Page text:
“Running around like a chicken with its head cut off” isn’t just a simile for a frantically busy person. It’s also an actual description.
When I was eleven years old, a farmer knew that my mother had been raised on a farm, and as a gift he delivered to our house a fresh chicken for our dinner. It was a very fresh chicken. Still alive.
In our back yard, he quickly balanced the chicken on a board, lifted an ax and cut off the chicken’s head. The chicken body ran like crazy. We had a tall picket fence enclosing our big back yard. It was painted white. By the time the chicken dropped, there were very few pickets that didn’t have streaks, smears or spatters of blood. (You can thank me for not having pictures of this.)
The farmer used our garden hose to spray the fence while my mother plucked and cleaned out the chicken. That night our family had fresh fried chicken for dinner, but I didn’t eat any of it. The fence still had faint stains, and my mind still saw the running chicken. It was a long time before I realized what my mother tried to help me see: the chicken incident, like many things in life, was a matter of perspective. To her, it was a generous gesture from a farmer bringing fresh chicken to a former farm woman who was probably tired of store-bought frozen chicken. I couldn’t understand how my mother, who wouldn’t let me see THE BLOB movie, let me watch a chicken run with its head off.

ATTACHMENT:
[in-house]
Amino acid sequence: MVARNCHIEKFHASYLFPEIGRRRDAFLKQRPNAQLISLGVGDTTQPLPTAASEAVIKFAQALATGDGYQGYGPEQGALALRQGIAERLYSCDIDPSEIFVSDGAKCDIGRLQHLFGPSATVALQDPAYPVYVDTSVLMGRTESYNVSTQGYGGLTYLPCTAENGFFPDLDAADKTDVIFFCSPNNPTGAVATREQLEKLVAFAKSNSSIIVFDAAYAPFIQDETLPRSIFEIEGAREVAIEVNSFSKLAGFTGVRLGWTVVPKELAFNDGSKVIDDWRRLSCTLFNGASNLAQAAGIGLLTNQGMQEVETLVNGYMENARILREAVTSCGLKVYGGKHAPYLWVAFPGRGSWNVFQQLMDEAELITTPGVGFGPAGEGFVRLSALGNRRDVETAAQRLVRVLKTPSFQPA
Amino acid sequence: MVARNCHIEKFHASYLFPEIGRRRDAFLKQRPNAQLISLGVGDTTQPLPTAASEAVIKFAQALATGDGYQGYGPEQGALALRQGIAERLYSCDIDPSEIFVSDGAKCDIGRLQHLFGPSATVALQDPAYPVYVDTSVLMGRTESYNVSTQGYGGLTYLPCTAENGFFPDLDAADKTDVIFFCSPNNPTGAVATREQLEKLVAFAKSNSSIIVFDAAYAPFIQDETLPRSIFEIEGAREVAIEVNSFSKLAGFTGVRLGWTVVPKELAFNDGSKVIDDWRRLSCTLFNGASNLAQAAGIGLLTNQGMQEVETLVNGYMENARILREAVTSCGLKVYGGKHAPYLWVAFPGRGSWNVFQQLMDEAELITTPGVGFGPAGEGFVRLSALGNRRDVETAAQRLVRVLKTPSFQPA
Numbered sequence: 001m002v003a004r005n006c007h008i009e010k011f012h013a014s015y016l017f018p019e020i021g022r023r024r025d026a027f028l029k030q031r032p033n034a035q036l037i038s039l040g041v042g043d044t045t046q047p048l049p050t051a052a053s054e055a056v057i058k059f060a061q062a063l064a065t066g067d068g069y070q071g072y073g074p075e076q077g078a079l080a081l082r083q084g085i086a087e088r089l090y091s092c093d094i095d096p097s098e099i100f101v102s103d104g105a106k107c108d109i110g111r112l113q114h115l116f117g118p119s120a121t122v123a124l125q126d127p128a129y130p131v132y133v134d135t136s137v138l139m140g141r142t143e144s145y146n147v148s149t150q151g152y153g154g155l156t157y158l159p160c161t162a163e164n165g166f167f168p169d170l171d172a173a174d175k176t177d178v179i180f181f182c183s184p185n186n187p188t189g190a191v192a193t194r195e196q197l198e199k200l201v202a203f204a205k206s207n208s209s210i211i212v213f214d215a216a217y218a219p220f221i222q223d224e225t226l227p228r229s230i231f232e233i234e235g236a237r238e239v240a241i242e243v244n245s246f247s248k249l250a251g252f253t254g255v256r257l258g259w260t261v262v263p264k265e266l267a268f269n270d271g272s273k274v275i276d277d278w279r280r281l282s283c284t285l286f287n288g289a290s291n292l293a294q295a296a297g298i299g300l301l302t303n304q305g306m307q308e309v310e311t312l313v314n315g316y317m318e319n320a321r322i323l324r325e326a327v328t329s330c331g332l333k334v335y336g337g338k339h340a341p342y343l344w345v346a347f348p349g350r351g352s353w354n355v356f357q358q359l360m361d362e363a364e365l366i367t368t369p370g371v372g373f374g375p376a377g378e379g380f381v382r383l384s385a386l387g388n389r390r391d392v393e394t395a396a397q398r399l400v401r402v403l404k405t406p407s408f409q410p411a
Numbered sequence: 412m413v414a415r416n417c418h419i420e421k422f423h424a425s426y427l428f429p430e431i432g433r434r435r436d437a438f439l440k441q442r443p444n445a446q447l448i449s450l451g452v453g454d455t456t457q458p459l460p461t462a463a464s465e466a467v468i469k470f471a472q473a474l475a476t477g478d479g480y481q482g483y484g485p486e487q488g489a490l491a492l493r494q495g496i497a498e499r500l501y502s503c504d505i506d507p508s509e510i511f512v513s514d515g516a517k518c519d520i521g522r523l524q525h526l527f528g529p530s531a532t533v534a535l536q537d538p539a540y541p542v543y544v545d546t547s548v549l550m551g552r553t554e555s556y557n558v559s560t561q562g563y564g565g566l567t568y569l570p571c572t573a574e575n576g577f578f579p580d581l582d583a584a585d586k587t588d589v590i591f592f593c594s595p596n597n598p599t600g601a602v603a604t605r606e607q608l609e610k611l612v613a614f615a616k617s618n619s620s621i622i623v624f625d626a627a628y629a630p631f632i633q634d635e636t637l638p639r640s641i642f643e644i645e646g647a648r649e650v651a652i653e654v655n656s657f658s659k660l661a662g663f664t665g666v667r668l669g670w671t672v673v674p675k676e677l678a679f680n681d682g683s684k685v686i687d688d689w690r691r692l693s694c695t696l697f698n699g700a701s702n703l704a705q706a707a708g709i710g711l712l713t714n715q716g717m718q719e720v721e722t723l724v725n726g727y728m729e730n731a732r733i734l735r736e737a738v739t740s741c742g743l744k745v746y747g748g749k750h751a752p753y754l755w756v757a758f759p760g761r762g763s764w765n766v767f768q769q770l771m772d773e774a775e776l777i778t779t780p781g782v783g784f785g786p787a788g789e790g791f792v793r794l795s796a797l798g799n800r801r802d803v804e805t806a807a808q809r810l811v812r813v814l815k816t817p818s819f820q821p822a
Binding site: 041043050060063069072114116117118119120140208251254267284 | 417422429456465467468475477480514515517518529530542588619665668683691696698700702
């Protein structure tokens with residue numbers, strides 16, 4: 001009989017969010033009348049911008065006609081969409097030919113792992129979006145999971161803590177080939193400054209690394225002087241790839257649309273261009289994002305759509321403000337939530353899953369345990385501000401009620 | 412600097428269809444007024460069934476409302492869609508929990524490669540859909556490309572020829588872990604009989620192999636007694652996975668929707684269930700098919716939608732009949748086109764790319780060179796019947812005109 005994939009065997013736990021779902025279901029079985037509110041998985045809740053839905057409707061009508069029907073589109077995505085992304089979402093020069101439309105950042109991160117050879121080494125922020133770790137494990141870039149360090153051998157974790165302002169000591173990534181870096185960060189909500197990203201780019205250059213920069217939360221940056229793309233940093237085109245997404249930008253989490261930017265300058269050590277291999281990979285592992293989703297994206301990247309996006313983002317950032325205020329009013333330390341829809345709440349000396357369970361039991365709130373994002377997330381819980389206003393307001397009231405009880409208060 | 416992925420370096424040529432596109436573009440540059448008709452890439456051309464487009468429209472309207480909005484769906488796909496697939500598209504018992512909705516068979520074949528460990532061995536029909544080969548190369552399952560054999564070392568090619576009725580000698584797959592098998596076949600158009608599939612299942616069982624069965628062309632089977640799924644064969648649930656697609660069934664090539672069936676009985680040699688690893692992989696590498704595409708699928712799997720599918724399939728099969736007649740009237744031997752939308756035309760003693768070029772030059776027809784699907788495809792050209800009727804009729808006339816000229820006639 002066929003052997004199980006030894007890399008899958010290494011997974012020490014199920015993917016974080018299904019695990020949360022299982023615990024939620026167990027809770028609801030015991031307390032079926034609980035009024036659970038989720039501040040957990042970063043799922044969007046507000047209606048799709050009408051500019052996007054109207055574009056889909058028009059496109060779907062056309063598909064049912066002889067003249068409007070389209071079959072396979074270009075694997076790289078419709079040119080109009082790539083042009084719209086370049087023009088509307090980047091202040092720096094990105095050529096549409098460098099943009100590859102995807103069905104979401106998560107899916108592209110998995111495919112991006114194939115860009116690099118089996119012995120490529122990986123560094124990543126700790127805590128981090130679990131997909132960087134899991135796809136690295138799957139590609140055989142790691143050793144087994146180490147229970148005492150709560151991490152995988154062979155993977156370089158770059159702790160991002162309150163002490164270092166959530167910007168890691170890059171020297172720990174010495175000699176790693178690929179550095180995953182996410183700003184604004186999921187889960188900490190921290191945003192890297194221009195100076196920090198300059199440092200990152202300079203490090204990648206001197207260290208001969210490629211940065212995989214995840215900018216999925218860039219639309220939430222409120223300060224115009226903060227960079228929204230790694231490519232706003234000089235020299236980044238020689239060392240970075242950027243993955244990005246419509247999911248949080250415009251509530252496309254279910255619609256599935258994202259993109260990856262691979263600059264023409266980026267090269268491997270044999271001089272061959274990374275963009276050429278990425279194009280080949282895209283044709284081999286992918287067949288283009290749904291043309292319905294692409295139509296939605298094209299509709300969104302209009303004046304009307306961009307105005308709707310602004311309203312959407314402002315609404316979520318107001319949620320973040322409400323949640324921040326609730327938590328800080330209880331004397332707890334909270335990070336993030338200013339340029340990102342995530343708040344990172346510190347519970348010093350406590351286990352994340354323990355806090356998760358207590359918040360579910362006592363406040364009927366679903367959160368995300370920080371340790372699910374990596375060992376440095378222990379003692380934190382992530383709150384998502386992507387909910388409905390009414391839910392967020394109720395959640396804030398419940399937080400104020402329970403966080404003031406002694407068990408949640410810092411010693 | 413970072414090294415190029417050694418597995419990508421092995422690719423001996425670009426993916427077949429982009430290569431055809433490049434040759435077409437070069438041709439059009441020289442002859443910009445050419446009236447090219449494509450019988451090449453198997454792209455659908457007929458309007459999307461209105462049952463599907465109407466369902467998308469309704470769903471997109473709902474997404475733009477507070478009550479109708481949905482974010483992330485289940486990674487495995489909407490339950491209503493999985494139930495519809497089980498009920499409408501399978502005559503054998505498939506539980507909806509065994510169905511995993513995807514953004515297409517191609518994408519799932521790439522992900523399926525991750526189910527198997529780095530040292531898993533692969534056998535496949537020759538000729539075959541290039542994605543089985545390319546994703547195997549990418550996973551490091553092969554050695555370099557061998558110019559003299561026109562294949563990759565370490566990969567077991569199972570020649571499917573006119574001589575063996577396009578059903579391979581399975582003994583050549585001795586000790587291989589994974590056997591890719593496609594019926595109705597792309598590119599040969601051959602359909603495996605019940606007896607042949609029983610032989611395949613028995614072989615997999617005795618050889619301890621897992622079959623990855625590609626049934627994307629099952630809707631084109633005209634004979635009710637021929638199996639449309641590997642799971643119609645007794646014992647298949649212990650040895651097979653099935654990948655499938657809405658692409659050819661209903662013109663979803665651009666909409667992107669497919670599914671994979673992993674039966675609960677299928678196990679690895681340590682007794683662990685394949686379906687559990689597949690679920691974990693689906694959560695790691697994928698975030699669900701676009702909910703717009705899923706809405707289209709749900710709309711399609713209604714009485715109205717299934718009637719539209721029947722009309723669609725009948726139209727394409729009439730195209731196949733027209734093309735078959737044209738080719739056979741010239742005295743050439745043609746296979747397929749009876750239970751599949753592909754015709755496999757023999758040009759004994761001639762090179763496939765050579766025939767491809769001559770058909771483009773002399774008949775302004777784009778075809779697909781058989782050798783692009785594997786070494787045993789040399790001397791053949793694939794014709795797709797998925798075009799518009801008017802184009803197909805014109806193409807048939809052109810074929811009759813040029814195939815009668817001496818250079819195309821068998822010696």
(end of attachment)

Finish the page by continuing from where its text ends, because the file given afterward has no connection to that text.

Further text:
Henry David Thoreau said, “The question is not what you look at, but what you see.” And C.G. Jung said, “Everything that irritates us about others can lead us to an understanding of ourselves.” I doubt they were referring to chickens, but possibly they were encouraging us to understand ourselves through our perspectives.
The quote I think applies most to Mom’s perspective about things that were thrown her way in life is by J.M. Barrie: “Nothing is really work unless you would rather be doing something else.” My mother had the amazing ability to appreciate people and their good intentions, even if they caused her to change her plans or do more work.
Even before my father’s Alzheimer’s and then her own dementia, my mother was not a naïve Pollyanna. She was an intelligent, perceptive, strong-thinking realist who stood firm when necessary. She was also a good listener with a kind heart and open hands to help others. And she knew how to keep life’s chickens in perspective.
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Tracy Karner has a superb post on CBT (Cognitive Behavioral Therapy), effective for changing a number of problems by establishing a more hopeful perspective.